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Travel

Disney's Animal Kingdom

Mickey's Mecca: A Blue-Stater Searches for Culture at Walt Disney World

By Jeff Tamarkin
Published July 31, 2005

Is there more to "The Happiest Place on Earth" than rides and long lines? How about excellent dining and global culture, for starters?

What to do, what to do. Max, our eight-year-old son, having become enamored of geography and foreign culture—his third-grade class studied and performed an African dance this year—was ready to see the world. But, being eight years old, he wanted it to have rides.

I knew the time had arrived—just as every Muslim must take that Hajj to Mecca, the dutiful American parent, sooner or later, visits Mickey. Our vacation this year would lead us to Walt Disney World.

I know what some of you are thinking: The kid is eager to experience the Roman Colosseum, the Eiffel Tower, the Pyramids of Egypt, and you—the editor of a world music magazine!—are taking him to…Orlando, Florida? Child abuse!

It’s not that he wouldn’t have loved every minute of a journey abroad—we’d already taken him to Hong Kong and that had been a booming success. And, to be honest, my wife and I wouldn’t have needed much arm-twisting to spend our days off in Prague or Tokyo or Cancun rather than a series of theme parks.

But the Mouse beckoned and—guess what!—we’re glad he did.

The decision to patronize Disney World did not come without pause, however. Number one, Caroline and I had both long ago reached that stage in our lives where the thought of deliberately strapping ourselves into a machine that would hurl our bodies every which way at unforgiving speeds and angles does not equal thrilling but, rather, nausea. Slow-moving, relaxing boat rides with cutesy animated characters singing cutesy songs off to the side? No problem! But roller coasters whizzing insanely through the dark? Uh-uh. Max would have to fend for himself.

But more significantly, the idea of throwing support behind the Disney corporation worried me. Never the most progressively-minded of organizations, Disney has come under fire for many reasons over the years, ranging from questionable employment practices to reneging on its agreement to distribute Michael Moore’s anti-Bush film Fahrenheit 9/11 last year.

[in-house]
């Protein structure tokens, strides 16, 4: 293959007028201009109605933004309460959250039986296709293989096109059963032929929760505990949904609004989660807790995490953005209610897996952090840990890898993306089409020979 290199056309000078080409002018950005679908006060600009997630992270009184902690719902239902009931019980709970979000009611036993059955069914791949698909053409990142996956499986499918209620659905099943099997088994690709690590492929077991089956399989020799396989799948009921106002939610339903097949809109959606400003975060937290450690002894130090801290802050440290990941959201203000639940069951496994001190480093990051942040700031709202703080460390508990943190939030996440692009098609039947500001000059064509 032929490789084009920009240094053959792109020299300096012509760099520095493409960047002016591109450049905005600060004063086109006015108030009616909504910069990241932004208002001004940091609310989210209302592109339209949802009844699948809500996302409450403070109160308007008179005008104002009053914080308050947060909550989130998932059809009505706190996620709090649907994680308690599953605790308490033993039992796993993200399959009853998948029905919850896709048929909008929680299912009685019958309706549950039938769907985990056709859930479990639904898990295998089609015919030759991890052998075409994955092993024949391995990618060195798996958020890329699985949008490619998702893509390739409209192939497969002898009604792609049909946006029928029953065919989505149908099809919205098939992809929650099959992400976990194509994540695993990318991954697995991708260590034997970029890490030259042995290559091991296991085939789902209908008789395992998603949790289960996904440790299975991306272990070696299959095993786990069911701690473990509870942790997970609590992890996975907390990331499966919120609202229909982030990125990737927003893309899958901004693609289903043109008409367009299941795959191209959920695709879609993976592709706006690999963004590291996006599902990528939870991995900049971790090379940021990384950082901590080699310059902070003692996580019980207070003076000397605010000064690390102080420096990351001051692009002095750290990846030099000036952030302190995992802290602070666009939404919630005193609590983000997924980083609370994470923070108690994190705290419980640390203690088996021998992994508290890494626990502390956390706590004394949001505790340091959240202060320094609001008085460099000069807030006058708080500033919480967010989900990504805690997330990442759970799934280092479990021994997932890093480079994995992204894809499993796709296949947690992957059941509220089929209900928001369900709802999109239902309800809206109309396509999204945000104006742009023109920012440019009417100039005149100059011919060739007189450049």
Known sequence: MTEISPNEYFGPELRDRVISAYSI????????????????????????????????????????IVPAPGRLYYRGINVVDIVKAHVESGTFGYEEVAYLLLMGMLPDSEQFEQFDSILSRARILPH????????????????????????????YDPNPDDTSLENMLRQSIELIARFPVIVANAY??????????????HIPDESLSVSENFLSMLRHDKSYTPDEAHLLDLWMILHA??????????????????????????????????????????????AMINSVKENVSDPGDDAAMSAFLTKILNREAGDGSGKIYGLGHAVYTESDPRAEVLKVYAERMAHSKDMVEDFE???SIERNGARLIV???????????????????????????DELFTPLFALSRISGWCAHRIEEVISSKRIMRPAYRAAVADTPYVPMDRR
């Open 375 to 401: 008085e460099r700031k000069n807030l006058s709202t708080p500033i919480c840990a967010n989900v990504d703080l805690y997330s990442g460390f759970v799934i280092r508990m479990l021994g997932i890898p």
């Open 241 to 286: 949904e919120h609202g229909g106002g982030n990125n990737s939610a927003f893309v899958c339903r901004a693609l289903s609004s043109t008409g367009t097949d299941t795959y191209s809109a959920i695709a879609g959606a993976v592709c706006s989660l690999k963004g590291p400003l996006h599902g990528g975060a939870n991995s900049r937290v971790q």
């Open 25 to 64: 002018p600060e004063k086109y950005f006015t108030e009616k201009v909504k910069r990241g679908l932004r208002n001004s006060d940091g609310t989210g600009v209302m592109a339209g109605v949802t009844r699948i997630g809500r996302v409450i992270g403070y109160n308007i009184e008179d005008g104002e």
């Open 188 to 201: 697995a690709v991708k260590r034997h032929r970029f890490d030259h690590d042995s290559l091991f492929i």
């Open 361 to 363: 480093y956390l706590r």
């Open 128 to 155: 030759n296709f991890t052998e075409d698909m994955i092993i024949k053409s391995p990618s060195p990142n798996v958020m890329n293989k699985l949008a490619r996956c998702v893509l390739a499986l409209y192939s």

And, let’s be honest here, Disney is the ultimate symbol of the lopsided American brand of capitalism—it rakes in more cash annually than some of the world’s nations and, despite such admirable programs as its DisneyHand charity and the Disney Learning Partnership for elementary school children, the company has been criticized for its environmental practices and various applications of its vast financial resources. As one website put it, Disney—whose Florida property alone comprises 47 square miles, roughly double the size of Manhattan—“covers open space with pavement, shopping malls, golf courses and hotels, [which] creates traffic problems that increase air pollution and encourages a psychological detachment from the natural world.”

Indeed, the word “Disneyfication,” defined by another website as “the process of turning the real, physical world into a sanitized, safe, ‘entertaining,’ predictable but profitable ‘hyper-real’ replica,’” has fallen into mainstream usage, so emblematic is the image it suggests.